The Young Ones (1982-1984)
Classic British 80’s sitcom that casts a large shadow over the modern British comedic scene. Brimming with offbeat anarchic energy, as well as featuring the colossal talents of Rik Mayall, Adrian Edmondson, Ben Elton and Alexei Sayle, the young ones’ scumbag college still accurately defines what it feels to live in squalid student housing.
Fresh Meat (2011- )
What makes this loveable, razor sharp TV comedy so successful is just how relatable and densely crafted each of the characters are. From JP, the arrogant yet hapless posh boy to the hard partying, yet secretly insecure Vod, Fresh meat paints a vibrant picture of the various colourful characters you will most likely meet in your time at university. Sam Bain, co-creator of the show, has been touting a film adaptation for some time, although no concrete plans have been made so far.
Animal House (1978)
Echoing what The young Ones did for British sitcom, the influence Animal House on US comedy, from American Pie to Old School, is undoubtable. Containing the boundless creativity of Harold Ramis, John Landis and the mythical comedic talent of John Belushi, Animal House was a huge commercial and success. Irresistibly funny and chaotic, Animal house perfectly encapsulates the madness of University life.
It is always hard to follow perfection, but Monsters University came painfully close. The scene where Mike Wazowski walks around the Monsters University Freshers fair with youthful vigour and abandon brings back nostalgic moments of my own tentative steps around Vanbrugh paradise. It feels strange to relate so strongly to an animated talking, green eye but Pixar always knows exactly the right chords to play in eschewing accessibility and empathy.
The Social Network (2010)
The story of Facebook, directed in true David Fincher style, captures the dark underbelly of Harvard campus all while set to a pulsating, driving soundtrack by Nine Inch Nails head honcho, Trent Reznor. The film gained a load of nominations at the 83rd academy awards, ultimately losing to the kings speech in both the best picture and best director characters Nobody guessed that the origin of Facebook, could be made so tense and absorbing, yet Fincher proved all the doubters wrong and came up with another film to add to his impressive filmography.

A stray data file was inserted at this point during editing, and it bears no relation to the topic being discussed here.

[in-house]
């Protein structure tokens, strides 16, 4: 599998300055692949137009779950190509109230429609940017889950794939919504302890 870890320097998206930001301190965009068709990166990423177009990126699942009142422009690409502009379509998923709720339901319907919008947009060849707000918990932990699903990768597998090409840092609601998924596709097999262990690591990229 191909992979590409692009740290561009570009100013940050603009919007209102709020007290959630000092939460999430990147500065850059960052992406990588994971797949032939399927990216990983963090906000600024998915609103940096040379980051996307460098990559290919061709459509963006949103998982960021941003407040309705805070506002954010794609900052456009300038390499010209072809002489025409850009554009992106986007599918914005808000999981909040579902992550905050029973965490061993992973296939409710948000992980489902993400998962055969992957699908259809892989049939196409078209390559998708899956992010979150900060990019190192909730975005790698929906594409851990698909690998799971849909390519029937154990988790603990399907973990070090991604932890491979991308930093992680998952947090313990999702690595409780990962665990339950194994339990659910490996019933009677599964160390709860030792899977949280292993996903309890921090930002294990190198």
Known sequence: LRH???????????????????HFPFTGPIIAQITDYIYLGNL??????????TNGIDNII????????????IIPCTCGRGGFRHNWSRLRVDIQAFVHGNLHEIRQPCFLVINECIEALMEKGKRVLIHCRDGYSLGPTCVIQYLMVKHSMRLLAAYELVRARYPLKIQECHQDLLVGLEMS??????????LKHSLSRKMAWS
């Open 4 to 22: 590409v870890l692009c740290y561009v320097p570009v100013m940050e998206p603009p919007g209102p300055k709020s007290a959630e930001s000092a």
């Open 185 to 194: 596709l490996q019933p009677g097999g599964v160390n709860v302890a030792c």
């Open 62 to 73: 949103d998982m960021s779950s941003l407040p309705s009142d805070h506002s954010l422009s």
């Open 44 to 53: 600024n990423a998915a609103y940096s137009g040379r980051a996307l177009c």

Based on a true story, 21 details the sordid world of counting cards by a group of intelligent MIT students, led by student Ben and their professor Micky Rosa, played by the indomitable Kevin Spacey. The brutalist 1960’s architecture of campus may be a far cry from the glitzy glamour of Las Vegas where most of the action in the film takes place, yet from the youthful vigour of the opening credits as Jim rides his bike onto campus to the adolescent dreamers anthem, Time to pretend by MGMT, to the lifeless seminar rooms where the group practice, 21 proves itself grounded enough to relate to us student folk. It may have been a critical failure of sorts on its release, but the film still offers a fun thrill ride, led by charming performances from the two leads, Jim Sturgess and Kate Bosworth.
Good Will Hunting (1997)
Strong and intelligent drama, featuring a tour de force performance from the legendary Robin Williams. Good Will Hunting, sees Matt Damon as the eponymous janitor, working at MIT, who also happens to be a genius and Robin Williams, as the psychologist who attempts to coax him out of his blue collar lifestyle and realise his full potential. Kudos to joint writers, Ben Affleck and Matt Damon who created an incredibly touching and multi-faceted screenplay that deservedly won them an academy award for best adapted screenplay.
The premise may not be the most appetising, but Starter for Ten turns the ultimate test of student minds up and down the country – University Challenge – into a charming, typically British coming of age story. Featuring a plethora of young British talent, from Benedict Cumerbatch in a supporting role to leads James McAvoy and Alive Eve – Starter for Ten is a seamless example of just how good British film can be.
Community (2009- )
Much loved sitcom set in an American community college, sort of like the US version of a polytechnic. Quirky characters and popular references abound along with a career topping performance by Chevy Chase, as Community provides a modern update of the oft used US sitcom scenario of a group clashing friends, all while set in the relatable college seminar room.
A bold and wistfully romantic film, that touched the heartstrings of many all over the world and put British film firmly back on the map once again when it ran away at the Oscars in 1981. The film follows two outsiders, Eric Liddell and Harold Abrahams as they compete against each other at Cambridge University all the way to the 1924 Olympics in Paris.